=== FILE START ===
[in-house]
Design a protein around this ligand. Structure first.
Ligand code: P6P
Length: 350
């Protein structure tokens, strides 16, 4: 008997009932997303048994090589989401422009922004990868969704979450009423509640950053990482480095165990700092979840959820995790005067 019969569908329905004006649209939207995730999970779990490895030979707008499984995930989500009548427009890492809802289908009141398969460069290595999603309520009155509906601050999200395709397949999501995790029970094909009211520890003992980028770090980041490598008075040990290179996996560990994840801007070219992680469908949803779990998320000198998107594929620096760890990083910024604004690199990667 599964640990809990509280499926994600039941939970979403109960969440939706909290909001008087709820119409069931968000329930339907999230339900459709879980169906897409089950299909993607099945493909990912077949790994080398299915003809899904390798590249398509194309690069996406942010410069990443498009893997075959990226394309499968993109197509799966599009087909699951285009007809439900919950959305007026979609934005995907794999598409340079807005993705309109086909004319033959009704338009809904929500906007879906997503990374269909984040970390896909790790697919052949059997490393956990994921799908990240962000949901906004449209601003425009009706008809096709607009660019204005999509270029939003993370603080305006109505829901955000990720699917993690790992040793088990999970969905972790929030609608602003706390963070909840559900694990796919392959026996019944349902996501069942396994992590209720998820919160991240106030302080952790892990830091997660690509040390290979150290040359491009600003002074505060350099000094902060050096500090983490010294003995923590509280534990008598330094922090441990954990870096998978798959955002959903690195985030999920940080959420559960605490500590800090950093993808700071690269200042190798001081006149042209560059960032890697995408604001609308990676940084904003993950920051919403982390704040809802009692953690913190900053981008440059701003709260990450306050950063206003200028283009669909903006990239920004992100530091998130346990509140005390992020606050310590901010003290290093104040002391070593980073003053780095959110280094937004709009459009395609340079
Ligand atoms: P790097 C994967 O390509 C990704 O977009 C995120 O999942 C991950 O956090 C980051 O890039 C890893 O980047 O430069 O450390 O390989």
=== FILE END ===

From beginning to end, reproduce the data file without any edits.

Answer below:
[in-house]
Design a protein around this ligand. Structure first.
Ligand code: P6P
Length: 350
């Protein structure tokens, strides 16, 4: 008997009932997303048994090589989401422009922004990868969704979450009423509640950053990482480095165990700092979840959820995790005067 019969569908329905004006649209939207995730999970779990490895030979707008499984995930989500009548427009890492809802289908009141398969460069290595999603309520009155509906601050999200395709397949999501995790029970094909009211520890003992980028770090980041490598008075040990290179996996560990994840801007070219992680469908949803779990998320000198998107594929620096760890990083910024604004690199990667 599964640990809990509280499926994600039941939970979403109960969440939706909290909001008087709820119409069931968000329930339907999230339900459709879980169906897409089950299909993607099945493909990912077949790994080398299915003809899904390798590249398509194309690069996406942010410069990443498009893997075959990226394309499968993109197509799966599009087909699951285009007809439900919950959305007026979609934005995907794999598409340079807005993705309109086909004319033959009704338009809904929500906007879906997503990374269909984040970390896909790790697919052949059997490393956990994921799908990240962000949901906004449209601003425009009706008809096709607009660019204005999509270029939003993370603080305006109505829901955000990720699917993690790992040793088990999970969905972790929030609608602003706390963070909840559900694990796919392959026996019944349902996501069942396994992590209720998820919160991240106030302080952790892990830091997660690509040390290979150290040359491009600003002074505060350099000094902060050096500090983490010294003995923590509280534990008598330094922090441990954990870096998978798959955002959903690195985030999920940080959420559960605490500590800090950093993808700071690269200042190798001081006149042209560059960032890697995408604001609308990676940084904003993950920051919403982390704040809802009692953690913190900053981008440059701003709260990450306050950063206003200028283009669909903006990239920004992100530091998130346990509140005390992020606050310590901010003290290093104040002391070593980073003053780095959110280094937004709009459009395609340079
Ligand atoms: P790097 C994967 O390509 C990704 O977009 C995120 O999942 C991950 O956090 C980051 O890039 C890893 O980047 O430069 O450390 O390989």